Cart (Loading....) | Create Account
Close category search window

Dynamic atomic force microscopy operation based on high flexure modes of the cantilever

Sign In

Cookies must be enabled to login.After enabling cookies , please use refresh or reload or ctrl+f5 on the browser for the login options.

Formats Non-Member Member
$31 $31
Learn how you can qualify for the best price for this item!
Become an IEEE Member or Subscribe to
IEEE Xplore for exclusive pricing!
close button

puzzle piece

IEEE membership options for an individual and IEEE Xplore subscriptions for an organization offer the most affordable access to essential journal articles, conference papers, standards, eBooks, and eLearning courses.

Learn more about:

IEEE membership

IEEE Xplore subscriptions

3 Author(s)
Girard, P. ; Laboratoire d’Analyse des Interfaces et de Nanophysique (LAIN), UMR CNRS 5011, CC 082, Université Montpellier II, Place E. Bataillon, 34095 Montpellier Cedex, France ; Ramonda, M. ; Arinero, R.

Your organization might have access to this article on the publisher's site. To check, click on this link: 

We show the interest of the high flexure modes of vibration for amplitude-controlled atomic force microscopy (AFM). In connection with AFM working conditions, we define the stabilization time threshold of the oscillating sensor. We show experimentally that, in both air and vacuum, the stabilization time decreases appreciably when the order of the flexure mode of the cantilever increases. Under ambient conditions, this increases the possible scan speeds by about one order of magnitude. Under vacuum and using standard sensors, the amplitude-controlled conditions are satisfied for harmonics equal to or higher than the second. Morphology imaging is then obtained. Thus, high flexure mode AFM easily extends the well known amplitude-controlled operations from ambient to vacuum environment, which allows new AFM applications.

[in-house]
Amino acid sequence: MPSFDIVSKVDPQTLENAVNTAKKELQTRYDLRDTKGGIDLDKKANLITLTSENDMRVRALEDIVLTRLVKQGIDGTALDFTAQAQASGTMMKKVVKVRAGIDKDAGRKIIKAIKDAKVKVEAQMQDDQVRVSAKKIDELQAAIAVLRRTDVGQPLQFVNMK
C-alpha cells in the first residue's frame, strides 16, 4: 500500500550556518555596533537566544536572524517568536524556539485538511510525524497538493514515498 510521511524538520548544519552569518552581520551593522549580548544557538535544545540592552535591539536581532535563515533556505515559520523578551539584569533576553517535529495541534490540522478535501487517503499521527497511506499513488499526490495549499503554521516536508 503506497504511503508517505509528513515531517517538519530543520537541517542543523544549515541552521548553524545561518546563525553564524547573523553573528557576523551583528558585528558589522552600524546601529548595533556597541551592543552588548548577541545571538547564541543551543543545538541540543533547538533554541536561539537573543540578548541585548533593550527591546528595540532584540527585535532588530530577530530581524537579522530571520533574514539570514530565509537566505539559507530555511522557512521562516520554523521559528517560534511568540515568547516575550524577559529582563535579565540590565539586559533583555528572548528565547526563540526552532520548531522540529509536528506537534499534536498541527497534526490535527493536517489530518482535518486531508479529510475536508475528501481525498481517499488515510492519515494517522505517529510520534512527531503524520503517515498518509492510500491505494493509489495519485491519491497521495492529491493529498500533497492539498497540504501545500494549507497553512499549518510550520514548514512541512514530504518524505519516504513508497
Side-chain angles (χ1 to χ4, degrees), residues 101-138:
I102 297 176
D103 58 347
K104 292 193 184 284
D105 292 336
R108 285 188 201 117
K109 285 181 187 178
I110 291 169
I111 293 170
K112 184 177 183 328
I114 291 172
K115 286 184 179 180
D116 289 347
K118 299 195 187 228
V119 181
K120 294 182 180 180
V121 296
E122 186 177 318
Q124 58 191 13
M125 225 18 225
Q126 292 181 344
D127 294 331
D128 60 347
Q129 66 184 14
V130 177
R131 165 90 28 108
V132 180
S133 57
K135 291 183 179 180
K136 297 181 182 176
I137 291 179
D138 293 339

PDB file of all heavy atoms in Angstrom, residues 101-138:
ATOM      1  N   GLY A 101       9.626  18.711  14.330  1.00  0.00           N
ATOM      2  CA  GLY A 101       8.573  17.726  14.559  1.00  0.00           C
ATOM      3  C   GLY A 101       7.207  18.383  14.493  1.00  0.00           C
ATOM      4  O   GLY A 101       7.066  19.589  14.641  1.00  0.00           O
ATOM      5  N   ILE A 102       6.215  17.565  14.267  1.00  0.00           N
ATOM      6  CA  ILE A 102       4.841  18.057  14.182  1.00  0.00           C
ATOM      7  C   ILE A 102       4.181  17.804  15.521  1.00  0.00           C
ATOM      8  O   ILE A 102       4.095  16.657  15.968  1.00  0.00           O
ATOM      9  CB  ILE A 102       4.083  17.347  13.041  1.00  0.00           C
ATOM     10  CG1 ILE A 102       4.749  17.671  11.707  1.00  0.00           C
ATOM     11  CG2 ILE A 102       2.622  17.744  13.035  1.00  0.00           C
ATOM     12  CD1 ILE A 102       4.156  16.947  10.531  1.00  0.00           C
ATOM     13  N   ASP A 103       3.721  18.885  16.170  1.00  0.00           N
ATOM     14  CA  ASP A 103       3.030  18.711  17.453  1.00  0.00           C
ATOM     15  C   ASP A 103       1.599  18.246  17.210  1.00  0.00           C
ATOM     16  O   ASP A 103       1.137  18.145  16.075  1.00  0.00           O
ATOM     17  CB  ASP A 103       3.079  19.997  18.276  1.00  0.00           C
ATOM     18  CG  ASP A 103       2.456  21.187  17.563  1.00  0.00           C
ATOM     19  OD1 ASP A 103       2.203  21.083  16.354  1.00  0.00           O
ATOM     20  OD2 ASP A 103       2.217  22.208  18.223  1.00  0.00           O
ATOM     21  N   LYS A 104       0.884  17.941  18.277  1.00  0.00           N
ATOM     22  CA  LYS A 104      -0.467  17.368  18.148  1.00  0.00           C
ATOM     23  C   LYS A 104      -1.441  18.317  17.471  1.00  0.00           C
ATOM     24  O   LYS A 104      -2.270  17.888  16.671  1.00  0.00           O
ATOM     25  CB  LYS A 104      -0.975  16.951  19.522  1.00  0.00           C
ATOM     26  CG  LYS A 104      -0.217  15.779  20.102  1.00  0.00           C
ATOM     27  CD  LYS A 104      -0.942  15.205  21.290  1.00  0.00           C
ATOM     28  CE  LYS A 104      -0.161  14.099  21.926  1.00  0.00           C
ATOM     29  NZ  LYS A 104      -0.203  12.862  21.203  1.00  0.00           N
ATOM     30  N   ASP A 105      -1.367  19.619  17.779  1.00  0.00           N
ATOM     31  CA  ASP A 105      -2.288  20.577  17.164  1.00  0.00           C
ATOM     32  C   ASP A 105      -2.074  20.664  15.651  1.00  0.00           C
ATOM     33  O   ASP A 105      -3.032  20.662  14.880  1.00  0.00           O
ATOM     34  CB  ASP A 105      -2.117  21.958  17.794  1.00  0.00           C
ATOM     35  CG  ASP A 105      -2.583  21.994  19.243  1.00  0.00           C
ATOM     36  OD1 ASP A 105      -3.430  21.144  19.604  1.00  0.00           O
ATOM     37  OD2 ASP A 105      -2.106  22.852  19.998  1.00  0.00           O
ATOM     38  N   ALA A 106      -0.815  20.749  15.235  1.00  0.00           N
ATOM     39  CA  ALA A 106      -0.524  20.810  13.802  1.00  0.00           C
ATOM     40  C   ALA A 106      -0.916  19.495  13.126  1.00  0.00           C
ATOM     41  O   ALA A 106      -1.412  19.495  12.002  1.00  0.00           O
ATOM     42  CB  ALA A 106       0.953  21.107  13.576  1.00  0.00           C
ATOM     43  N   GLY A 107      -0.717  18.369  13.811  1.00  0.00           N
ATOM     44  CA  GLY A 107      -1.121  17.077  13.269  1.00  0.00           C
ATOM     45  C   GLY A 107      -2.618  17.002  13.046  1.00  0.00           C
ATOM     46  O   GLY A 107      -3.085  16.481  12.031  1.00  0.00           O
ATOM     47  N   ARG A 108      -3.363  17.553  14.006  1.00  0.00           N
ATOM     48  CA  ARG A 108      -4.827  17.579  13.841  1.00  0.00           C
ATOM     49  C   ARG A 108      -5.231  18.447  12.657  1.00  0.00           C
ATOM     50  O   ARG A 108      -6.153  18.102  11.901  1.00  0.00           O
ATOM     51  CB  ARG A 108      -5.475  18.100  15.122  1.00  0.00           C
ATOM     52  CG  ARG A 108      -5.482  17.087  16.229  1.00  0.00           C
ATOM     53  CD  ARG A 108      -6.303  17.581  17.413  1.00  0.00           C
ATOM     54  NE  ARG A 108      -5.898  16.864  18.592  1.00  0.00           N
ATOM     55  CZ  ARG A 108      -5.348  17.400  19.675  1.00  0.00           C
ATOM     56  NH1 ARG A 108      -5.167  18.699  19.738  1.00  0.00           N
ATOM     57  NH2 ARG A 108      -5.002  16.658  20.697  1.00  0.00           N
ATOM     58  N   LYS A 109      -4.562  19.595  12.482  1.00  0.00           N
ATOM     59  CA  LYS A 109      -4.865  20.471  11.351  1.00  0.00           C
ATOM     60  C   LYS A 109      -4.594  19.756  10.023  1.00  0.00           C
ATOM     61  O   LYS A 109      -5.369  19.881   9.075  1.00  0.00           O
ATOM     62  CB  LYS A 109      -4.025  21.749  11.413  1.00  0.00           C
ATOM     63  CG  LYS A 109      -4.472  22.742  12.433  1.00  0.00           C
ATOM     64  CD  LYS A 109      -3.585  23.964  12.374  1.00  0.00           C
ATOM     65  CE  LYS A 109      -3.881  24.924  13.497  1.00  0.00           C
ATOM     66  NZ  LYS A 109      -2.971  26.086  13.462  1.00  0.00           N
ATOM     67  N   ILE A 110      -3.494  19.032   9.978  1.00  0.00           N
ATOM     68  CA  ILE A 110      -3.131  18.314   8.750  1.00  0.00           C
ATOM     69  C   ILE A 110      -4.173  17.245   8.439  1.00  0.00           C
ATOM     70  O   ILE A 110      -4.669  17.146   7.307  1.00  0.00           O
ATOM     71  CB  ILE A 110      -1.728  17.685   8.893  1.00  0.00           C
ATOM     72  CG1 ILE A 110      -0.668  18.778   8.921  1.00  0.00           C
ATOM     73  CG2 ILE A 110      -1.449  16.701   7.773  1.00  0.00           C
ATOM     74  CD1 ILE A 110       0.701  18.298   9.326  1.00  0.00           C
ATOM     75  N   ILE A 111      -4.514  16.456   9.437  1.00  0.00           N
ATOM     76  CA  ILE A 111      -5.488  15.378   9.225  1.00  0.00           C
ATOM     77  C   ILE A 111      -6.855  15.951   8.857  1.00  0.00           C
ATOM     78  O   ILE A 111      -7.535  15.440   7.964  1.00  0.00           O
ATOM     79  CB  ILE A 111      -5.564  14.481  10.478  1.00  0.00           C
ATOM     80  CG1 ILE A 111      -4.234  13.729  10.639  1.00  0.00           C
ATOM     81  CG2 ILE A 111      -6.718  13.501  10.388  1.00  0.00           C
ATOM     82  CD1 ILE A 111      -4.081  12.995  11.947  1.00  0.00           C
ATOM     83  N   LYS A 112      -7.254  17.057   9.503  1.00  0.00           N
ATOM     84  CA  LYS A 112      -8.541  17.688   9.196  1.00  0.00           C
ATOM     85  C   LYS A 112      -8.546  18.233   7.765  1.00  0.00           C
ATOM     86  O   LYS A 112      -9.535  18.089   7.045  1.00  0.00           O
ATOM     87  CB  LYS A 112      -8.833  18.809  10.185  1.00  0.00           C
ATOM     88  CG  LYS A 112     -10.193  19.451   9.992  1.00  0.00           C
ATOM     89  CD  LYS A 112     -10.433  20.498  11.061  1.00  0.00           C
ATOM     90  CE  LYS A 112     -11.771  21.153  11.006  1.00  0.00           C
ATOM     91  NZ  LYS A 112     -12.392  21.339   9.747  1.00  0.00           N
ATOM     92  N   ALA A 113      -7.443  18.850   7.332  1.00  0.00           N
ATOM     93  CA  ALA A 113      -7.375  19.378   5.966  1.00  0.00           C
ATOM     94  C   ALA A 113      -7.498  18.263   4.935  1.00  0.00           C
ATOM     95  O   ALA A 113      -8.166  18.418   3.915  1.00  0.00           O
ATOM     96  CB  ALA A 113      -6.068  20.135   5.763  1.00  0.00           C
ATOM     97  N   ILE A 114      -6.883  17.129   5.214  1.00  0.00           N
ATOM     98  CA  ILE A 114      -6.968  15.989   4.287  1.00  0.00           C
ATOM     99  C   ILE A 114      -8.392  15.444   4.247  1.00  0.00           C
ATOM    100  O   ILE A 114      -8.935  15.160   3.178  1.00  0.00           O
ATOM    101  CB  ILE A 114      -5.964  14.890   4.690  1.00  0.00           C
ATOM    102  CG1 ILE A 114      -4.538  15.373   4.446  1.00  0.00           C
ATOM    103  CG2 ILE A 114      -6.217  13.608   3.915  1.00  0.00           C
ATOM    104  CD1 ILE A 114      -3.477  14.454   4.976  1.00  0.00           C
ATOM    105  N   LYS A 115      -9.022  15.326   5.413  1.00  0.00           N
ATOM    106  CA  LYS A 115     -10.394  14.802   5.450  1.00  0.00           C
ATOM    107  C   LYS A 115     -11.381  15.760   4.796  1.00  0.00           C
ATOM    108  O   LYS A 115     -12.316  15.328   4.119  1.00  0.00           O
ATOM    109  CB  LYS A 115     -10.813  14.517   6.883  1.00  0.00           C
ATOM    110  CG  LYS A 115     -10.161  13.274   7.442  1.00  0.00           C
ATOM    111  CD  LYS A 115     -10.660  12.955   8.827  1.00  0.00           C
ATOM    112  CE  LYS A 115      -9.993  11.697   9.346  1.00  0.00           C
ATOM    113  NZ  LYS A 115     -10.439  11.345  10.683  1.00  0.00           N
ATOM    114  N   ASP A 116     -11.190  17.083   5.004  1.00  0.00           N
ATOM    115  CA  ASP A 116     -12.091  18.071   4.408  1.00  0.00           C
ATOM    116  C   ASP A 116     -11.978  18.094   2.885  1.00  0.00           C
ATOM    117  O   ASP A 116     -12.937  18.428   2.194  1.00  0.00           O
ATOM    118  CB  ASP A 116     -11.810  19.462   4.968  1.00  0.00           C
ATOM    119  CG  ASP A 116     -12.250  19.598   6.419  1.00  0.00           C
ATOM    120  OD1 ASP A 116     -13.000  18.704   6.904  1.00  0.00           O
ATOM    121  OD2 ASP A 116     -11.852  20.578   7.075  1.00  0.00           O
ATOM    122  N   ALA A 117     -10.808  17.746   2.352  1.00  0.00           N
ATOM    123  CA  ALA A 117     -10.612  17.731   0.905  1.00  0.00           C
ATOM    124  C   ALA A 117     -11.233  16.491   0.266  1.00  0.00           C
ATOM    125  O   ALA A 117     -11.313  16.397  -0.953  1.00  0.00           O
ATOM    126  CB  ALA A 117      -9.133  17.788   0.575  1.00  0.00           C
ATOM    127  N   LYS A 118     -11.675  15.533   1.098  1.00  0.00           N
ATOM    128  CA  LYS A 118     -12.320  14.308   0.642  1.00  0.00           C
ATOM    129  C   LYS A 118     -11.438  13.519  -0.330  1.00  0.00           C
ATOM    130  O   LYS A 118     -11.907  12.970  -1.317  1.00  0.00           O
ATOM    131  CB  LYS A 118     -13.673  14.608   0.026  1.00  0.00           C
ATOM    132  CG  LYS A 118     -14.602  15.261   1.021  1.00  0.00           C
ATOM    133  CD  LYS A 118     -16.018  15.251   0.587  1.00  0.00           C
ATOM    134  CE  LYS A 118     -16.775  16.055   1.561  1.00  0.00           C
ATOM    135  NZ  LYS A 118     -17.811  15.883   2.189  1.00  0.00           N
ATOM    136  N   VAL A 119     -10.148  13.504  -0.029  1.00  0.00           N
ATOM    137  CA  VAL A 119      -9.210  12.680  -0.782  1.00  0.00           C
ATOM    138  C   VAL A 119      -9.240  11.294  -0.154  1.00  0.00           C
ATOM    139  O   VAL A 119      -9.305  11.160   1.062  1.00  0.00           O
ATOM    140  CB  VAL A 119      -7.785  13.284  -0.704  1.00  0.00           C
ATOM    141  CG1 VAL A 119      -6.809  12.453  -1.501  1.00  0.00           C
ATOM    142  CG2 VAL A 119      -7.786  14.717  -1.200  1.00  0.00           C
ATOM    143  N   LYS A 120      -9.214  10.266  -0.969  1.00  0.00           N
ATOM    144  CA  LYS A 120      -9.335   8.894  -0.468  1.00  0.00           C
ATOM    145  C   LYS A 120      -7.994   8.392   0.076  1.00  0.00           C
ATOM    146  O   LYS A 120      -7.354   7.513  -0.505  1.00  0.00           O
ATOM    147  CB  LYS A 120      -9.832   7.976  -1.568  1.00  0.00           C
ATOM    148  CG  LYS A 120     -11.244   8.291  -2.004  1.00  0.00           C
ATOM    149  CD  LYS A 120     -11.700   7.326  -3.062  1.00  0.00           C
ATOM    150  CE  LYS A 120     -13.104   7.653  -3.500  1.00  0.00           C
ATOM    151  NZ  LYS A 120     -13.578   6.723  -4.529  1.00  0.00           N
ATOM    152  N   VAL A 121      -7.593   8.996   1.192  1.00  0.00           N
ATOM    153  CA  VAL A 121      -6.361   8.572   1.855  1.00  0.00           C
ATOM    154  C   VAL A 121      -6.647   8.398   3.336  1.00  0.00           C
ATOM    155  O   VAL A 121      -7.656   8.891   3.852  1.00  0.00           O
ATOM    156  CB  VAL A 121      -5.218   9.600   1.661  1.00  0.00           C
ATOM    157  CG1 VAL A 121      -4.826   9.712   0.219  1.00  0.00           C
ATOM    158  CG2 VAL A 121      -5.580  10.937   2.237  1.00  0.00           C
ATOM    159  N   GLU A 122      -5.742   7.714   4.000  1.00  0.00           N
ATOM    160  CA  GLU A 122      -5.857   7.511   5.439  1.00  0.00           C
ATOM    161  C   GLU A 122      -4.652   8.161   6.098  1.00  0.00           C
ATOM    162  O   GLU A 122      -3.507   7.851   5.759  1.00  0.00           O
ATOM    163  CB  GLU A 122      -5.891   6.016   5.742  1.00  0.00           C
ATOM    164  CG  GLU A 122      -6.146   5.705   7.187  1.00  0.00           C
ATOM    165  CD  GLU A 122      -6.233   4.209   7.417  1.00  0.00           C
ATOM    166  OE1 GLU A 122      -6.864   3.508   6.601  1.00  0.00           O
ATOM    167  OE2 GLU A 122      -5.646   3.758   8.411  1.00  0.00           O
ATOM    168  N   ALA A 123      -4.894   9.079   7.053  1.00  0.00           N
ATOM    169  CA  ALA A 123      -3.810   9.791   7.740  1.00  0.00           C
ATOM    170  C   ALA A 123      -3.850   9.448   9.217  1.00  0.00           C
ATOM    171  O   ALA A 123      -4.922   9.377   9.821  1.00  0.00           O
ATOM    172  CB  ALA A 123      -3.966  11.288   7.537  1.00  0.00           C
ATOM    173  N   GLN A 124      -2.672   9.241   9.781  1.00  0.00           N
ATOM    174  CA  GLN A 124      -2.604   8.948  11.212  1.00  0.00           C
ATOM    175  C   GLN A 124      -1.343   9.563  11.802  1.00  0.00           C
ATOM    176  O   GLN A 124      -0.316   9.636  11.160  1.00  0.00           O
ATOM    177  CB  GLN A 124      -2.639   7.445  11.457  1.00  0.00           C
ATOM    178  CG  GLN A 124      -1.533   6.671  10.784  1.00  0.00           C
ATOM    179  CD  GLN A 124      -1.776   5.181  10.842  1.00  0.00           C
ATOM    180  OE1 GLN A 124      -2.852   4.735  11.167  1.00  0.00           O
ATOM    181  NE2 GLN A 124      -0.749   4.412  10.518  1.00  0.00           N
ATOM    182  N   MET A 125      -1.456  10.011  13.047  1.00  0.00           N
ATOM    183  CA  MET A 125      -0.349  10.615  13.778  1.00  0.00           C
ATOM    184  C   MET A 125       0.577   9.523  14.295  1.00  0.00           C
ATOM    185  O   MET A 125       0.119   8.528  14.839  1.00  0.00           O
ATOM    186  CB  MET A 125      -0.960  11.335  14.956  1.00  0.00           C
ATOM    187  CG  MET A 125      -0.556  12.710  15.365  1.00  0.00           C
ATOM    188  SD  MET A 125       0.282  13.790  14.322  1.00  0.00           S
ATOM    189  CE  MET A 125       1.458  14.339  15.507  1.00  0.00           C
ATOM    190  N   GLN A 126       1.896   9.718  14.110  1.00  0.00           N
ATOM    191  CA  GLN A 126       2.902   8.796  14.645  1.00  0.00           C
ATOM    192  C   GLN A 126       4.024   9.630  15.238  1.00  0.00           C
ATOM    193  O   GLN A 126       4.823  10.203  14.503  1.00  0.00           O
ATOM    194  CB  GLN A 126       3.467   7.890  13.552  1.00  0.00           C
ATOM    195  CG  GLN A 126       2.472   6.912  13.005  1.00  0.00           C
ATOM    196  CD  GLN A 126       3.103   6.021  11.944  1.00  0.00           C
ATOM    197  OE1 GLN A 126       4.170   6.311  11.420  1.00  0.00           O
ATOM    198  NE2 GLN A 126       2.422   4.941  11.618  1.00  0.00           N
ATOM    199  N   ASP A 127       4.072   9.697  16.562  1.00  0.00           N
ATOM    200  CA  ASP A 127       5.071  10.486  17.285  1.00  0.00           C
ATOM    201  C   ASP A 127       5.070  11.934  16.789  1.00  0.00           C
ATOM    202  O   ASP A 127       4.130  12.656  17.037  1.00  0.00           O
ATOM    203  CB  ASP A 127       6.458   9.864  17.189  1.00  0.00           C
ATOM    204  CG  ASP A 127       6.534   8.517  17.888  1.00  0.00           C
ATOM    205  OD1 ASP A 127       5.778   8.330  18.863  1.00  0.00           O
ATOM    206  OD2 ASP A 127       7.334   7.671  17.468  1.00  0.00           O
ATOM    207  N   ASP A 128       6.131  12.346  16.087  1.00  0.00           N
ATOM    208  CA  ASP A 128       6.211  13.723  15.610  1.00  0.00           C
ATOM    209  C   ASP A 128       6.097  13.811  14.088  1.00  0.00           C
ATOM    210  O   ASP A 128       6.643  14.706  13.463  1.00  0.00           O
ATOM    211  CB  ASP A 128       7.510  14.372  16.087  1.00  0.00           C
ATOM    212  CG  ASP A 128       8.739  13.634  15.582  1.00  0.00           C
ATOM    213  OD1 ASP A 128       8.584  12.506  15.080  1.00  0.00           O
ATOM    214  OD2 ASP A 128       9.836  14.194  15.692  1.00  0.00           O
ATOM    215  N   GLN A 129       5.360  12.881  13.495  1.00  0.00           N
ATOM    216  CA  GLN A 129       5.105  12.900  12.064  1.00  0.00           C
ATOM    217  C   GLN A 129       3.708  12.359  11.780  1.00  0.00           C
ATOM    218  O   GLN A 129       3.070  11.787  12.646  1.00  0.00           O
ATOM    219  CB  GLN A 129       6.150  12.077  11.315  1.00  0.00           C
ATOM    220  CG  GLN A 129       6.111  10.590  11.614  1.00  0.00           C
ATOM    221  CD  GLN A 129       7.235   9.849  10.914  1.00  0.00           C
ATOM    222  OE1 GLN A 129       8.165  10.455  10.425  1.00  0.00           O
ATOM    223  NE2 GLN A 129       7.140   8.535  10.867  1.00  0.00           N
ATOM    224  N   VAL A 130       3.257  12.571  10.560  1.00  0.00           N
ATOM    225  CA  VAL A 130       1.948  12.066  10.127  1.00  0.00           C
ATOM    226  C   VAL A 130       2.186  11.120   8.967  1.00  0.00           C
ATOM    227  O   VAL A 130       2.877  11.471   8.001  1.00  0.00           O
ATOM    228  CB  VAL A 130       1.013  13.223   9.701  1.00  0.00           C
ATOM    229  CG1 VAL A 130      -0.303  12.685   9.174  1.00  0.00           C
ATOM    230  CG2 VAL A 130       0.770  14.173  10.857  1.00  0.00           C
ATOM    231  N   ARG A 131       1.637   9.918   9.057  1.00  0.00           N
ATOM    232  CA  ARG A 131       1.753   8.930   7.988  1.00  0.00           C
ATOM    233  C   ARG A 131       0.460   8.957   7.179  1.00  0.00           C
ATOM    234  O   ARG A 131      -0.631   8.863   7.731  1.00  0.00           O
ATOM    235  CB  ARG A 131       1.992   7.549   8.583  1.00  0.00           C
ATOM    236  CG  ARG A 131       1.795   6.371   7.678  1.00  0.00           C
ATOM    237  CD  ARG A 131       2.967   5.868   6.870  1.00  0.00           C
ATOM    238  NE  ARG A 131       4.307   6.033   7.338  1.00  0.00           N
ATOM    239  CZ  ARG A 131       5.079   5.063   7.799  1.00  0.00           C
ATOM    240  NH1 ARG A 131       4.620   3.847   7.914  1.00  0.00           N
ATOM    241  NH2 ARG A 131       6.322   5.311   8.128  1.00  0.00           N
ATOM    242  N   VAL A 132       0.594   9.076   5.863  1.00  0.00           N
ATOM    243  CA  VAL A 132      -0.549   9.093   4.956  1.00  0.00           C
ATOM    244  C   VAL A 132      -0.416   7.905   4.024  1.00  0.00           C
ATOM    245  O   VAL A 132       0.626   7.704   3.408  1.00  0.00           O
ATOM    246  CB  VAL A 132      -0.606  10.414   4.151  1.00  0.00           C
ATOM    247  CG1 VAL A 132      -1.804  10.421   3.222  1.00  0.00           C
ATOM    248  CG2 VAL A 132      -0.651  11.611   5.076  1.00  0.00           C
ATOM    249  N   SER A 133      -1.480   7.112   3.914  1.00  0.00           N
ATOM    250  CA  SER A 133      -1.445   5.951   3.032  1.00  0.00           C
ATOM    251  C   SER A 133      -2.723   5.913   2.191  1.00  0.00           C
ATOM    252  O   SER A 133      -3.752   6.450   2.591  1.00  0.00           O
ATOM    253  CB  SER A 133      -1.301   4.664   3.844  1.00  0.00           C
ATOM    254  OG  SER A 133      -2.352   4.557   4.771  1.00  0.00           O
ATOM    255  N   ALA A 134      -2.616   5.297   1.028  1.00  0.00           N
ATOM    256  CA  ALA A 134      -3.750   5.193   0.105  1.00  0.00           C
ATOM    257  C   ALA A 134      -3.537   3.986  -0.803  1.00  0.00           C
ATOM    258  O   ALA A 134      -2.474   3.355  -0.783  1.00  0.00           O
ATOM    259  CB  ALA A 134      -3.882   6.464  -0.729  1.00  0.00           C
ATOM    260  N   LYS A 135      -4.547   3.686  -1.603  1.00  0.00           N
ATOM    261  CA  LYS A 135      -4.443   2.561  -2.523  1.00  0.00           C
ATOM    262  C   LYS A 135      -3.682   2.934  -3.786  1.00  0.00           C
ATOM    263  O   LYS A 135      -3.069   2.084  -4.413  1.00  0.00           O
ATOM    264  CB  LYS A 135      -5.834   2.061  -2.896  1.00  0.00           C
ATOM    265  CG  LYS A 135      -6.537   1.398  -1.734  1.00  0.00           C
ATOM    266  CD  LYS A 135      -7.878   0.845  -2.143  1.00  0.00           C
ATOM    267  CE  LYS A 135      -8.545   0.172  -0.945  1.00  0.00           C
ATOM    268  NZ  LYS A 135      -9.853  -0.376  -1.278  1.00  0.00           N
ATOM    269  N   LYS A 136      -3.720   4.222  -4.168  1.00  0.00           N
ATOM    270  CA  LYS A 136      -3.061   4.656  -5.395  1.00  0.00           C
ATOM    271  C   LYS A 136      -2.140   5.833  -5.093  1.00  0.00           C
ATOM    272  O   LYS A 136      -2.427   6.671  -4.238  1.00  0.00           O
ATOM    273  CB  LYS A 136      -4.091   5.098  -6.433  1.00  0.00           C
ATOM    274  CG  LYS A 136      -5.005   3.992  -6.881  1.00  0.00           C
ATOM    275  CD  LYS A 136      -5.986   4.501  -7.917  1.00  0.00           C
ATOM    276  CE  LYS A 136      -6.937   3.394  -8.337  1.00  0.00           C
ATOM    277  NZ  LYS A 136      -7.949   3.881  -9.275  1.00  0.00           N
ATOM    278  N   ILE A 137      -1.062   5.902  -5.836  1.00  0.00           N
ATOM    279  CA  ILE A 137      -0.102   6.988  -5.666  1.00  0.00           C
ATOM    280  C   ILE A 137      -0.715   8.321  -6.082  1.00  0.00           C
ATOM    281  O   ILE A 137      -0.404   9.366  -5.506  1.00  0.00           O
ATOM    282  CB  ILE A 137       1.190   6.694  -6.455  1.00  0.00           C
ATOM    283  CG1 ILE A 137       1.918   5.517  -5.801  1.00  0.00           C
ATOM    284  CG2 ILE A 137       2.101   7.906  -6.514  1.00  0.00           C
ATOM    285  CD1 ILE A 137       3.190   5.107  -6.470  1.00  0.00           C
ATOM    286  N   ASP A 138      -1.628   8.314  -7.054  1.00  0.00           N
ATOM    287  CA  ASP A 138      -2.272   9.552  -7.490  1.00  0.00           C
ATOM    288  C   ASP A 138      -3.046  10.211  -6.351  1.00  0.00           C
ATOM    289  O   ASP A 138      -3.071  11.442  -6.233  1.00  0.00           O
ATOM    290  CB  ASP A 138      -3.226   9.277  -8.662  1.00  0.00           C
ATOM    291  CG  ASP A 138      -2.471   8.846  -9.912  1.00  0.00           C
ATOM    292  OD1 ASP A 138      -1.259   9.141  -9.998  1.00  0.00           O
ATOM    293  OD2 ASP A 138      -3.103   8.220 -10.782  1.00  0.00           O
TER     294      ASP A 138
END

Published in:

Review of Scientific Instruments  (Volume:77 ,  Issue: 9 )

Date of Publication:

Sep 2006

Need Help?

IEEE Advancing Technology for Humanity About IEEE Xplore | Contact | Help | Terms of Use | Nondiscrimination Policy | Site Map | Privacy & Opting Out of Cookies

A not-for-profit organization, IEEE is the world's largest professional association for the advancement of technology.
© Copyright 2014 IEEE - All rights reserved. Use of this web site signifies your agreement to the terms and conditions.